Most earthquakes happen at the edges of the Earth's tectonic plates. Look at a better sample of earthquake epicenters collected using modern seismological techniques and compare to this List of tectonic plates
Earthquake epicenters are concentrated at the edges, and more sparse in plate interiors, but there are regions of high seismicity at high and low latitudes.
If you really want to know whether the concentration of earthquake epicenters is greater near the equator than near the poles, then you should try the following:
1) Divide the surface of the globe into ~30 regions of equal area.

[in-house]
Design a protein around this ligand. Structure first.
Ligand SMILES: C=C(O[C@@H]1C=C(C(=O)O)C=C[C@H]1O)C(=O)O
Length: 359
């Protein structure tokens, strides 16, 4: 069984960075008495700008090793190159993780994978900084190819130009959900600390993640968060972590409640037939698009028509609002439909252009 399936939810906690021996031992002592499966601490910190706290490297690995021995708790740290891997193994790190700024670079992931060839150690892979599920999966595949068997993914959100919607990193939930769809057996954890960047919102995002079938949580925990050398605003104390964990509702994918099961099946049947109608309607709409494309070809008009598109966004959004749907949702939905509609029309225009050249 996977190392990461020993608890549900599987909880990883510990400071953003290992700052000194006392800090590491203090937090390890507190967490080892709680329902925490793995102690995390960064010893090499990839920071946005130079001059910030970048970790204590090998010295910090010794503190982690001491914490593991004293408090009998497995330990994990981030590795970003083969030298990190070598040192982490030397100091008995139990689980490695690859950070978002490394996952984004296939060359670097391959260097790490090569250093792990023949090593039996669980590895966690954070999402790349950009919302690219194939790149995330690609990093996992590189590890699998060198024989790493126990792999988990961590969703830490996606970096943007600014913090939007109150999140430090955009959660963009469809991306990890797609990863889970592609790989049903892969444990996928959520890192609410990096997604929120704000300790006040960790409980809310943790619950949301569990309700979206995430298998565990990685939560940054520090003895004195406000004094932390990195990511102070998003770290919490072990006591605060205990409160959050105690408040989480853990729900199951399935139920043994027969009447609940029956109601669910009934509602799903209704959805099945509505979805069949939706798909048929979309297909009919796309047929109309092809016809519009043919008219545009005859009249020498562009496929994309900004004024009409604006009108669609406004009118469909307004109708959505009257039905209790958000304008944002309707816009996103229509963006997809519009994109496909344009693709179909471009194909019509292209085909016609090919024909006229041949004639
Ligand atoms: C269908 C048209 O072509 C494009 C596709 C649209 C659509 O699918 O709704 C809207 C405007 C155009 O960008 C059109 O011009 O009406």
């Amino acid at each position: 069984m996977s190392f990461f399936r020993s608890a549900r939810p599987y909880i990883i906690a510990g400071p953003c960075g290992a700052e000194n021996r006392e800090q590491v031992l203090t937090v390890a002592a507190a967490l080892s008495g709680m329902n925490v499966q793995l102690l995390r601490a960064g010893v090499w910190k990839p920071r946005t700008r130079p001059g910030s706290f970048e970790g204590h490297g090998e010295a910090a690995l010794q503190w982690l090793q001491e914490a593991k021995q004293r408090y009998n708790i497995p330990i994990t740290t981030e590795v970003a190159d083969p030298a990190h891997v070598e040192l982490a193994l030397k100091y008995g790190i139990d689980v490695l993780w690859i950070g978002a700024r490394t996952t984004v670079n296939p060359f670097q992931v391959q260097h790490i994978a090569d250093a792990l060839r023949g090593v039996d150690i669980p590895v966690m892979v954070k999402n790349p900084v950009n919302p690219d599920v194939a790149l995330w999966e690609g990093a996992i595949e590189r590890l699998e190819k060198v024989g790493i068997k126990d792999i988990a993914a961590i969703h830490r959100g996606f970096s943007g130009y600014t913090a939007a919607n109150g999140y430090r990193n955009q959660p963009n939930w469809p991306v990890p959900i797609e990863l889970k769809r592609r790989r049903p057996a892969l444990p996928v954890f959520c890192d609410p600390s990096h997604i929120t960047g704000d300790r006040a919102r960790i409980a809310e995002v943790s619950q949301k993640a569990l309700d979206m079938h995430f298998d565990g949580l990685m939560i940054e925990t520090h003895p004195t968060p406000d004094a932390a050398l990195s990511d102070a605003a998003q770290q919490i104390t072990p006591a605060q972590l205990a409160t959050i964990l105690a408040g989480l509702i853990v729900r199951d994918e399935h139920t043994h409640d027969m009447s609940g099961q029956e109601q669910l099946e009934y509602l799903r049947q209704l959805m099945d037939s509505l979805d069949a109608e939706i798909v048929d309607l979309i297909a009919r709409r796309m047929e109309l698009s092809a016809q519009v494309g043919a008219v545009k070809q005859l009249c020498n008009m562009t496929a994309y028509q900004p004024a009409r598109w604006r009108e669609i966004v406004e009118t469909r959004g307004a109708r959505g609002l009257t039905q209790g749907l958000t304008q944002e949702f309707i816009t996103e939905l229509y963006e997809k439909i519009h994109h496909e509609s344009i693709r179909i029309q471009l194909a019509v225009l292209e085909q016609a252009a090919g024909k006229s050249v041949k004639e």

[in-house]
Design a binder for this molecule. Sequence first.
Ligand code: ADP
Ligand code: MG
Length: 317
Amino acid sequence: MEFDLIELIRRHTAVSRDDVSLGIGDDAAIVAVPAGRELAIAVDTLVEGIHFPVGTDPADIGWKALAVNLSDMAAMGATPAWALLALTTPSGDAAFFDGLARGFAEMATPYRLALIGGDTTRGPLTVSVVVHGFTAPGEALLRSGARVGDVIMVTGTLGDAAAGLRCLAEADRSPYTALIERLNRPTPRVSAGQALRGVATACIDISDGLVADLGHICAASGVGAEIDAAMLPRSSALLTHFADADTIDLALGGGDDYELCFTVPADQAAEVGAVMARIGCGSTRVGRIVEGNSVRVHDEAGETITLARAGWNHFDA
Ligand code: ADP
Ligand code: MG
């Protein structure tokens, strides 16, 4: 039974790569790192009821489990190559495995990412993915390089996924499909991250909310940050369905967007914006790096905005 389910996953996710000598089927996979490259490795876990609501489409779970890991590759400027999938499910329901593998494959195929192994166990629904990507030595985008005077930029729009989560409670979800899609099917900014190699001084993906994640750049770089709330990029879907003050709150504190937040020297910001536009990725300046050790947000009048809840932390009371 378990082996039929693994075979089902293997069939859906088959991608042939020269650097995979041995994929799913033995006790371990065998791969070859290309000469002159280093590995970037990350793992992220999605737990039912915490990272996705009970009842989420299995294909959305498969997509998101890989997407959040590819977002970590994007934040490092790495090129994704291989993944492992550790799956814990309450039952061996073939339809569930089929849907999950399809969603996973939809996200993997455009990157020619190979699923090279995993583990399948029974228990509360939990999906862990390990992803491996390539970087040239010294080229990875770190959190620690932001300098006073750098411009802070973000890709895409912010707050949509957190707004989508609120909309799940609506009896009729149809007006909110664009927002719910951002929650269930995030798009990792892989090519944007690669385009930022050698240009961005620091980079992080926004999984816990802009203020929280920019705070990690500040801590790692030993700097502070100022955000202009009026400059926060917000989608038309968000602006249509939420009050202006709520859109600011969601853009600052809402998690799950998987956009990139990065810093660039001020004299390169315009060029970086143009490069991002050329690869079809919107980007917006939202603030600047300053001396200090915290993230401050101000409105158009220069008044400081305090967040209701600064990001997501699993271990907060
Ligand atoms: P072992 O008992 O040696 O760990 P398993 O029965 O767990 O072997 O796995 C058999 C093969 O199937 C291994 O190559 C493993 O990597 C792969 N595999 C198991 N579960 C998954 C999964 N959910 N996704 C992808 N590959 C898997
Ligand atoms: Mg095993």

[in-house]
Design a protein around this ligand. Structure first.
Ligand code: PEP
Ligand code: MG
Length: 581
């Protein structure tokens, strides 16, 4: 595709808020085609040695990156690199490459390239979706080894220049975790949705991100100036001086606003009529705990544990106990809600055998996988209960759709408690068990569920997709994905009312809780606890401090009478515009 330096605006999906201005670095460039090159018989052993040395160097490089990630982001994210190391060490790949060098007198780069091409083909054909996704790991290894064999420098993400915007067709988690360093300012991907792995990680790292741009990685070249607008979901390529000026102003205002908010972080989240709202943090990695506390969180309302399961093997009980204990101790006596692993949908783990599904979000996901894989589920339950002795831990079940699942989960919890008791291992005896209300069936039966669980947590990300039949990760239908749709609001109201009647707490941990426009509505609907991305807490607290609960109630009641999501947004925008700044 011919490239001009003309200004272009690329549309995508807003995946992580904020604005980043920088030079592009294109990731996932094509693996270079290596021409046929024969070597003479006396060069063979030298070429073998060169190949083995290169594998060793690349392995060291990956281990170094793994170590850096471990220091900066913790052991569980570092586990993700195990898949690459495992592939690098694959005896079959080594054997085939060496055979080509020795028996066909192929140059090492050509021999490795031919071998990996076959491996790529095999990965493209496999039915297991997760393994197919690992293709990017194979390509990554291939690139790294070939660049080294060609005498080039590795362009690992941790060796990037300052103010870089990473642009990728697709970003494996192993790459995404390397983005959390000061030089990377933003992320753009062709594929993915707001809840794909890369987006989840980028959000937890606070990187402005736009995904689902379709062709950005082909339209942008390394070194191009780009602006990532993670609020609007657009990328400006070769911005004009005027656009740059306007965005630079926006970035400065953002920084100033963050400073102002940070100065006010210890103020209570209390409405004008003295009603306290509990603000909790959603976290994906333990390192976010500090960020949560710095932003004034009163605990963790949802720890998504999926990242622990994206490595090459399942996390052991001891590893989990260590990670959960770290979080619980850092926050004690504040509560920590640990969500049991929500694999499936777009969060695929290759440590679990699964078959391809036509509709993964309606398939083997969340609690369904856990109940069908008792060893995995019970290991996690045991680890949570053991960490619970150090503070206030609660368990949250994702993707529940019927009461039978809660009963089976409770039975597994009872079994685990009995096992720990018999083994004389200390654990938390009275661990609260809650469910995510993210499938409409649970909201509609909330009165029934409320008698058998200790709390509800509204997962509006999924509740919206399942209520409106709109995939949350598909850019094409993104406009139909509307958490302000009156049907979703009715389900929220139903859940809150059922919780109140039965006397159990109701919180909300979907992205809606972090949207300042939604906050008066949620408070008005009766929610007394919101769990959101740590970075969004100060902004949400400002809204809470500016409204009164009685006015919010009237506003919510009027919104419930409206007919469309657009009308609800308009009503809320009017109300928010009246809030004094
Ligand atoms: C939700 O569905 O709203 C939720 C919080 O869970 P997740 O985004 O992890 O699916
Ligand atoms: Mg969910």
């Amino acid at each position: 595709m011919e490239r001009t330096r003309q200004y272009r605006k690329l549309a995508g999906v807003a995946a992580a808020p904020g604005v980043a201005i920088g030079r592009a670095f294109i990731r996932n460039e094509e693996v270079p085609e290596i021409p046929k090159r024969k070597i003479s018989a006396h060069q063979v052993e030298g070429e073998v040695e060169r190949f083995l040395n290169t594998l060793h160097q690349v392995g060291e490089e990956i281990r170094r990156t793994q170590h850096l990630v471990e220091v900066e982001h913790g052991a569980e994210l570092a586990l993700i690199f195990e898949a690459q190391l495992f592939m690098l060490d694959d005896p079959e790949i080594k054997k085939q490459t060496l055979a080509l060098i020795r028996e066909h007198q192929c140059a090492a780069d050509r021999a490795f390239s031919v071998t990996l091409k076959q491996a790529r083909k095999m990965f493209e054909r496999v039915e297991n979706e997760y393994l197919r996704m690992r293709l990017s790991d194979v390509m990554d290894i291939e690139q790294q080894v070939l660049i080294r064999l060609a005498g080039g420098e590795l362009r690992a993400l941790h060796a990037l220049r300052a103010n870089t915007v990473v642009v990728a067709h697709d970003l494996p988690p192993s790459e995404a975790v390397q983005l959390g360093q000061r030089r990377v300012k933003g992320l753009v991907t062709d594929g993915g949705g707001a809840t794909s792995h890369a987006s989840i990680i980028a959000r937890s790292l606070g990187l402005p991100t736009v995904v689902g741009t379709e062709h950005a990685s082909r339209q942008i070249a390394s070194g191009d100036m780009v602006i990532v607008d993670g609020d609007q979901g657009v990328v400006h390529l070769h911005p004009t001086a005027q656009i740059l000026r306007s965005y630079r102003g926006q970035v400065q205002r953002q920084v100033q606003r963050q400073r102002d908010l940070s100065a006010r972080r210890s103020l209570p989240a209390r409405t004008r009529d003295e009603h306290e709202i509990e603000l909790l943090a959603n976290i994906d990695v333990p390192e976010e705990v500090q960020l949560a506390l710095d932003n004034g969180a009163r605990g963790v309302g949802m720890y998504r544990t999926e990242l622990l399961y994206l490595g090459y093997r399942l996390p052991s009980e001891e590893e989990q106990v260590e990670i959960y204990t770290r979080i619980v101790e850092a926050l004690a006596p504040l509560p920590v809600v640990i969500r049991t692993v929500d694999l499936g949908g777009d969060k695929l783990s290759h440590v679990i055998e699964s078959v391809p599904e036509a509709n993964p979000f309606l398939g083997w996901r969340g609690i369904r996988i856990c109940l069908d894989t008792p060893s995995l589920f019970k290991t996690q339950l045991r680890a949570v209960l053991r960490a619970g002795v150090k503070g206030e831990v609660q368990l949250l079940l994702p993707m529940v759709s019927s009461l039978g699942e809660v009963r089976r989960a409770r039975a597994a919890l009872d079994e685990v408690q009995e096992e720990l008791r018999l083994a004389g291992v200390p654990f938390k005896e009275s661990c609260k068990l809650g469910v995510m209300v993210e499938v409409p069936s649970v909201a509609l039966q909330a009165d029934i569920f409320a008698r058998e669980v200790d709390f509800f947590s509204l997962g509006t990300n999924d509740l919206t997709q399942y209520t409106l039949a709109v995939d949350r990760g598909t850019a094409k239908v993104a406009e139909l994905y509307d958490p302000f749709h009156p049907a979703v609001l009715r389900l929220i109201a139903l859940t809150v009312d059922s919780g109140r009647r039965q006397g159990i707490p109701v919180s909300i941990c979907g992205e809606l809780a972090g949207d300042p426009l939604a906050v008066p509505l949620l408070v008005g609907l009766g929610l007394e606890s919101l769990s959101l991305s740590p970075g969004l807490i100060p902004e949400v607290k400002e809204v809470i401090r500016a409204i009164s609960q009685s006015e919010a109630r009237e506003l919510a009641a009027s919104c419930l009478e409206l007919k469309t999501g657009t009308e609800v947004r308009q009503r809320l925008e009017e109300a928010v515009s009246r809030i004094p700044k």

2) Make a table with a row for each region. Give the table two columns: the region's latitude (L), and the number of epicenters in the region (E).
3) Compute the arithmetic average of E for all 30 regions, call this G. Take the square-root of G and call this D.
4) Now look at your table. How many regions have a concentration E>5*G? How many of these are located at 'polar' latitudes and how many are located at 'equatorial' latitudes?
5) If you find that 80% or more of the E>5*G regions are in 'equatorial' regions, then that is probably evidence that significantly more earthquakes are measured in 'equatorial' regions. If you don't find this much, the effect is small.